Father chasing a son through a field.

"Compromise" can be a dangerous word.

But there are some things that parents should never negotiate or settle on. Here are three that are common to us all.

1. Roles.

One time my son Brodie and I were sitting around talking and he looked at me and said:

"Well, Dude, what do you think?"

"Whoa! Whoa! Time out," I said. "I'm not your dude. I'm not your buddy. I'm your dad. Don't you ever call me dude again."

And he never did.

I know some parents who would think that it's cool that they are such good friends with their children and that they call each other by their first names or names such as dude. But between a parent and child, there is a boundary of respect that does not need to be waivered or breached.

We should never compromise our role as a parent to be a best friend, buddy or dude.

2. Respect.

Let's get back to the simplicity of "Yes, sir," "No, sir," "Yes, ma'am," "No, ma'am," "Thank you," and "Please." If we allow our children to skip those simple addresses of respect, we do them a disservice.

Sure, ignoring it and moving on would be easier. But doing it the hard way—in a way that will better prepare them for life—is to say, "If you talk to your mama like that again, then you are going to park your car for a week. I will not allow you to disrespect your mother." Then you have to follow through.

We have to be good examples to our children. Parents who are disrespectful to each other and then hold their children accountable for being respectful send a mixed message. The child will follow the example, not the words.

3. Family.

The economy has been difficult. Times are hard; people are losing jobs and not finding replacements. Those of us who have jobs are working harder than ever to keep them.

But that can't be our excuse.

Do we bring that work home with us? It is easy to justify a compromise on our family time because work demands it. Yet we cannot afford to get caught in that trap.

Who of us wants our children to be afraid to interrupt our time on the computer in the evening because we have work to get done? They have to know that they are the priority in our lives, and we have to live like they are.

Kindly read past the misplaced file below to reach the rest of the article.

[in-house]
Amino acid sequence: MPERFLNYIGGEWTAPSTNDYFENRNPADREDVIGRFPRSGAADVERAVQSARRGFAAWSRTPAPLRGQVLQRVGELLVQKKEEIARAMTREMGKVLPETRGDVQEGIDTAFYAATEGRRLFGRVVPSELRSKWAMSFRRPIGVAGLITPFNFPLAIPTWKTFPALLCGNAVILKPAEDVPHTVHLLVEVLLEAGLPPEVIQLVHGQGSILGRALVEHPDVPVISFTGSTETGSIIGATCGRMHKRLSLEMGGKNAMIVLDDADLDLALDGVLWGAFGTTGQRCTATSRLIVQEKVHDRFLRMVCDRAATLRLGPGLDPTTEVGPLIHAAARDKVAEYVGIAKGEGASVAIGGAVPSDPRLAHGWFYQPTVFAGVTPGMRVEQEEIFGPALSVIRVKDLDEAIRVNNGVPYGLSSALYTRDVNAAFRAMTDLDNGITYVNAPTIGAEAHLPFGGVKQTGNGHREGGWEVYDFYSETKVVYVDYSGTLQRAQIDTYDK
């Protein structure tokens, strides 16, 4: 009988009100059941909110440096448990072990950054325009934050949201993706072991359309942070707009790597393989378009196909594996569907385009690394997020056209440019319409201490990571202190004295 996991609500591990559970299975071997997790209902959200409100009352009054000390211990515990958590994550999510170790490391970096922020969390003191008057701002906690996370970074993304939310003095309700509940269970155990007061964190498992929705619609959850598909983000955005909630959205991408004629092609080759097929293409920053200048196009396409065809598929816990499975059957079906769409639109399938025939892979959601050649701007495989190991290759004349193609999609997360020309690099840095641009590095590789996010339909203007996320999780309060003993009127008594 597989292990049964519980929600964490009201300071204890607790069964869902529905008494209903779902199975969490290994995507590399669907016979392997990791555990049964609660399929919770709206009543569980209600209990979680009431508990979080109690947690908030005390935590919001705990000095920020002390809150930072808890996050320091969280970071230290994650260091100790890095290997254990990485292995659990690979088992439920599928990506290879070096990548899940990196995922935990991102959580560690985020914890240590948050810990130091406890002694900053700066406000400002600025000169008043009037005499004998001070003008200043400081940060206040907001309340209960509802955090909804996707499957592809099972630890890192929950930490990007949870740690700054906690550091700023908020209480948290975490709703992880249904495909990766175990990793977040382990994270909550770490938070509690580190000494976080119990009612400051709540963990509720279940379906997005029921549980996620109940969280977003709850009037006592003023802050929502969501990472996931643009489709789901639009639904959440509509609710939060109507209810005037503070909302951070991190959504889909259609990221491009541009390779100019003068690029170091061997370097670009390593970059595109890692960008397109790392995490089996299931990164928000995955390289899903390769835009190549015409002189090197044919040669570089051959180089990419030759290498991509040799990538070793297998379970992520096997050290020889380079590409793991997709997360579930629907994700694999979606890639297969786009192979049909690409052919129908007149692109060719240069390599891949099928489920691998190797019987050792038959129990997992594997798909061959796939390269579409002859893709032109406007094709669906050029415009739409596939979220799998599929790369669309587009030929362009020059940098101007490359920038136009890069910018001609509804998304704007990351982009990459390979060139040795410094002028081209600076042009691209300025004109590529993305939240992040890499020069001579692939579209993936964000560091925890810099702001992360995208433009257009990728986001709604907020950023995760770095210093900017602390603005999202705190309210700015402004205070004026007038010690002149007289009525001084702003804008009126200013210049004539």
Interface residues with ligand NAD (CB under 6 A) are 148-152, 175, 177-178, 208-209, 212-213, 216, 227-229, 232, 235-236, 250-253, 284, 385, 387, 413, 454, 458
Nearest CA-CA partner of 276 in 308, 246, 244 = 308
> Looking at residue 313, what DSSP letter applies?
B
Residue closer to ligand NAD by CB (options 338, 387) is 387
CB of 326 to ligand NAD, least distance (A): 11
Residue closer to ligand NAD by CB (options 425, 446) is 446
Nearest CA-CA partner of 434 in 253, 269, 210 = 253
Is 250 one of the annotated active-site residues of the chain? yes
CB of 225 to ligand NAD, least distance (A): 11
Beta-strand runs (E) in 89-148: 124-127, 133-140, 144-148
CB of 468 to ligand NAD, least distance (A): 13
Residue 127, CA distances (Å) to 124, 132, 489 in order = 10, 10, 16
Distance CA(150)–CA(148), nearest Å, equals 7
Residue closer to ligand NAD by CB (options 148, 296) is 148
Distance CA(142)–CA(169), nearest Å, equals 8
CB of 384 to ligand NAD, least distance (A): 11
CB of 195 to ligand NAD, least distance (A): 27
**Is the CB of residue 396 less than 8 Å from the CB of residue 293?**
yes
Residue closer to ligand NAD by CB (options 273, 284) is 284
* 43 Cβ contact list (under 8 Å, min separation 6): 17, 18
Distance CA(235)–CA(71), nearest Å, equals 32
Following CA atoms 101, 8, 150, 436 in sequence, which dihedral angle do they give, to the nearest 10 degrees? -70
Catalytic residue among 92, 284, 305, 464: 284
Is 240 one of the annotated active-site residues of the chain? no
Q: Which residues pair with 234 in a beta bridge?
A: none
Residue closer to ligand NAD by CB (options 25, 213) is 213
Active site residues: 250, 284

This post is excerpted from The Two-Minute Drill to Manhood_, by John Croyle. Copyright 2013 B&H Publishing Group. Courtesy of_ Parenting Teens magazine.

Learn More About John Croyle's Book

Father shows son how to hold a football

The Two-Minute Drill to Manhood is a faith-based game plan that will help moms and dads make sure their sons are ready for authentic manhood. Based on John Croyle's life and experience counseling more than 1,800 troubled, abused and neglected children at a camp (as well as parenting his two biological children), he drills down into seven actionable life principles drawn from the word "manhood" itself.

John Croyle was an all-American defensive end at the University of Alabama during head coach Paul "Bear" Bryant's legendary tenure. Faced with the decision to play professional football or to start a home for abused and neglected children, John established Big Oak Ranch in 1974. Today the outreach also includes a girls ranch and a Christian school. John has fathered more than 1800 children through Big Oak as well as his biological children: son Brodie, a former NFL quarterback, and daughter Reagan, a former D1 basketball player at the University of Alabama. He is the author of The Two-Minute Drill to Manhood and The Two-Minute Drill to Parenting.